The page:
White House Threatens Veto Of Medicare Legislation
HHS Secretary Mike Leavitt on Tuesday in a letterto the Senate Finance Committee wrote that White Houseadvisers would recommend a veto of any Medicare legislation that includes cutsto Medicare Advantage plans or changes to the Medicare prescription drugbenefit, CQ Today reports. The centerpiece of the Medicarelegislation is the reversal of a 10% cut to physician fees, which is expectedto cost several billion dollars. The Finance Committee has been draftinglegislation that is expected "to rely heavily on the payments to privateinsurers" to stop the fee cut, according to CQ Today. A draftof the legislation has not been released.
Leavitt wrote that a veto would be recommended for any bill that "resultsin a loss of access to health care services, benefits or choices" in theMA program; "raises taxes ... to fund spending increases"; or altersMedicare's fiscal status by overturning administration regulatory decisions. CommitteeChair Max Baucus (D-Mont.) said, "He knows there's no Medicare bill ifthere's no MA cuts. He knows there's no doctor fix if there's no MA cuts"(Armstrong, CQ Today, 12/4).
Leavitt in his letter tothe Finance Committee also requested that any change in physician fee cuts belinked to the adoption of health information technology, TheHillreports. Leavitt wrote that the legislation should "[c]ondition receipt ofa portion of any fee adjustment to adoption of certified electronic healthinformation technology," adding, "Physicians who do not adoptappropriate, available technology should receive a lower payment than those whodo" (Young, The Hill, 12/5).
Leavitt in his blog on Monday wrote that physicians should adoptelectronic prescribing and electronic health records to avoid Medicare feecuts. Leavitt wrote that implementation of health IT that meets HHS standardswould reduce medical costs and errors and be part of a long-term fiscalsolution (Carey, CQ HealthBeat, 12/4).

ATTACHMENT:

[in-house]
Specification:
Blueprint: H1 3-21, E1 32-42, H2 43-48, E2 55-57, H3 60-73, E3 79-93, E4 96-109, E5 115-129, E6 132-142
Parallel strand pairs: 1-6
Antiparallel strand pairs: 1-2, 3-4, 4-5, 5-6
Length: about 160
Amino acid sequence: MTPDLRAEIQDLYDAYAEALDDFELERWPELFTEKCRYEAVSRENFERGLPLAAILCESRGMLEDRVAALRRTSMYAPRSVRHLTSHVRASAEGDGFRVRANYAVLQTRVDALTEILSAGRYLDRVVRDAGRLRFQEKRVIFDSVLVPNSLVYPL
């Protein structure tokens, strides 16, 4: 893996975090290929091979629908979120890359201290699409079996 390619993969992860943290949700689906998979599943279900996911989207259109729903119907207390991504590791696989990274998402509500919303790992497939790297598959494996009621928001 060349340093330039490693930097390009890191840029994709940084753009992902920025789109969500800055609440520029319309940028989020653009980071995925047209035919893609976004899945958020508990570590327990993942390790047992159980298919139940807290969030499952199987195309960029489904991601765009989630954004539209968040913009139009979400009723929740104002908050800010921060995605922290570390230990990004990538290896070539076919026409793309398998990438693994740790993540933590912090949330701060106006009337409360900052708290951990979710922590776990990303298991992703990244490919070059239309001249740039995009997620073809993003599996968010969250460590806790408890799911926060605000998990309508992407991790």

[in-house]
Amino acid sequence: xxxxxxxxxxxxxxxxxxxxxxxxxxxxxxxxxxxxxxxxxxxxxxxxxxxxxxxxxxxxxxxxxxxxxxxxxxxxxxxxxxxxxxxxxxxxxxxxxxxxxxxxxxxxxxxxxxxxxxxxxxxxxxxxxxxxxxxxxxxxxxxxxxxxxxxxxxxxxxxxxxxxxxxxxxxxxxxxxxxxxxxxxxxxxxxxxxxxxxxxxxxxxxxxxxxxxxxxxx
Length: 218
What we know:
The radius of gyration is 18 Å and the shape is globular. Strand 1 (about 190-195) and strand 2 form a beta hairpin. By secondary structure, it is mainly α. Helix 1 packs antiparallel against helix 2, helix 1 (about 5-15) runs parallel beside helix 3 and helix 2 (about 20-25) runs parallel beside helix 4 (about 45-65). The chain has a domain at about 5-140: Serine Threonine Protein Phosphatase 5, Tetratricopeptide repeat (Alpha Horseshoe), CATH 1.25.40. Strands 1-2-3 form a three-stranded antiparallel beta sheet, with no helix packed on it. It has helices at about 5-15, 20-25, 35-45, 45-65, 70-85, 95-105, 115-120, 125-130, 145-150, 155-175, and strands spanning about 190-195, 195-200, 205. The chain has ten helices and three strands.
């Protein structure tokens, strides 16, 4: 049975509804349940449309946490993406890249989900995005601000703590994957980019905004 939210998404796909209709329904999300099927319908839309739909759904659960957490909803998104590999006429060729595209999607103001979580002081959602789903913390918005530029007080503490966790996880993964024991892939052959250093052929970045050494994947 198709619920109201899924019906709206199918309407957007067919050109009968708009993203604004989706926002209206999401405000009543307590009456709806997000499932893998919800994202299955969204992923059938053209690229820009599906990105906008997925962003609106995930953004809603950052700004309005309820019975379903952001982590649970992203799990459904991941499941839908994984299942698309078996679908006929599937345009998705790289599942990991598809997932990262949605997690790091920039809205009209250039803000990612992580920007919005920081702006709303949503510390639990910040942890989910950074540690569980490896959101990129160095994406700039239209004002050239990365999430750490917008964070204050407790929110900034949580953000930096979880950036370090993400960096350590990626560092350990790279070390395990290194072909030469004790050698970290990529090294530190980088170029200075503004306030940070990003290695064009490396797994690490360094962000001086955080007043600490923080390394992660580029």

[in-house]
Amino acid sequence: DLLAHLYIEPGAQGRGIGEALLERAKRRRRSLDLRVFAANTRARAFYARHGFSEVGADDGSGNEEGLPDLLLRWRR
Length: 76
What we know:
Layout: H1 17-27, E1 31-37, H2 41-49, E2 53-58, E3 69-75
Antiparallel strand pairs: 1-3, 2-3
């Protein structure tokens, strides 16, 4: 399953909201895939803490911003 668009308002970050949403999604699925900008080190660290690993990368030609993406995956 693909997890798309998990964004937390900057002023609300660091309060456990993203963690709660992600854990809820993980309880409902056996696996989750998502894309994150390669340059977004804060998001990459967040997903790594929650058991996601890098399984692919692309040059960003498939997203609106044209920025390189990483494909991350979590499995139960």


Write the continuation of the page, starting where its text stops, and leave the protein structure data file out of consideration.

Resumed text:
Separately, Sens. John Kerry (D-Mass.), Debbie Stabenow (D-Mich.) and JohnEnsign (R-Nev.) on Wednesday are expected to introduce a stand-alone bill thatwould require adoption of e-prescribing for Medicare beneficiaries by 2011, CongressDailyreports. A senate aide said the bill would offer a 1% bonus for everye-prescription written and one-time funding for startup costs. Physicians whodo not adopt the technology by 2011 would face financial penalties, the aidesaid. One- or two-year waivers would be available for physicians who havedifficulty acquiring the technology necessary to write e-prescriptions.
Stabenow said she expects the Congressional Budget Office to find that the mandate would save$5 billion to $15 billion over 10 years. Congress' science adviser found that1.5 million drug errors could be prevented annually by using e-prescribing andthat it could save hospitals $3.5 billion in costs related to medication errors(Edney/Johnson, CongressDaily, 12/5).
Kerry, who sits on the Finance Committee, has said the e-prescribing mandateshould be added to the Medicare bill (The Hill, 12/5).
Mark Up Likely Delayed
Finance Committee memberswant to mark up the Medicare package on Friday but still have "not agreedon the major issues," CongressDaily reports. Baucus mustrelease a bill on Wednesday in order to mark it up on Friday, according tocommittee rules (Johnson, CongressDaily, 12/5). However,Republicans and Democrats cannot agree on whether to halt the fee cut for oneor two years (Johnson, CongressDaily, 12/4). Republicans areconcerned about how a two-year fix would be funded (Johnson, CongressDaily,12/5).
Finance Committee ranking member Chuck Grassley (R-Iowa) on Tuesday said,"Things aren't completely worked out between Republicans and Democrats,and then with the Republican group, there are some points of contention thathave to be worked out" (CongressDaily, 12/4).
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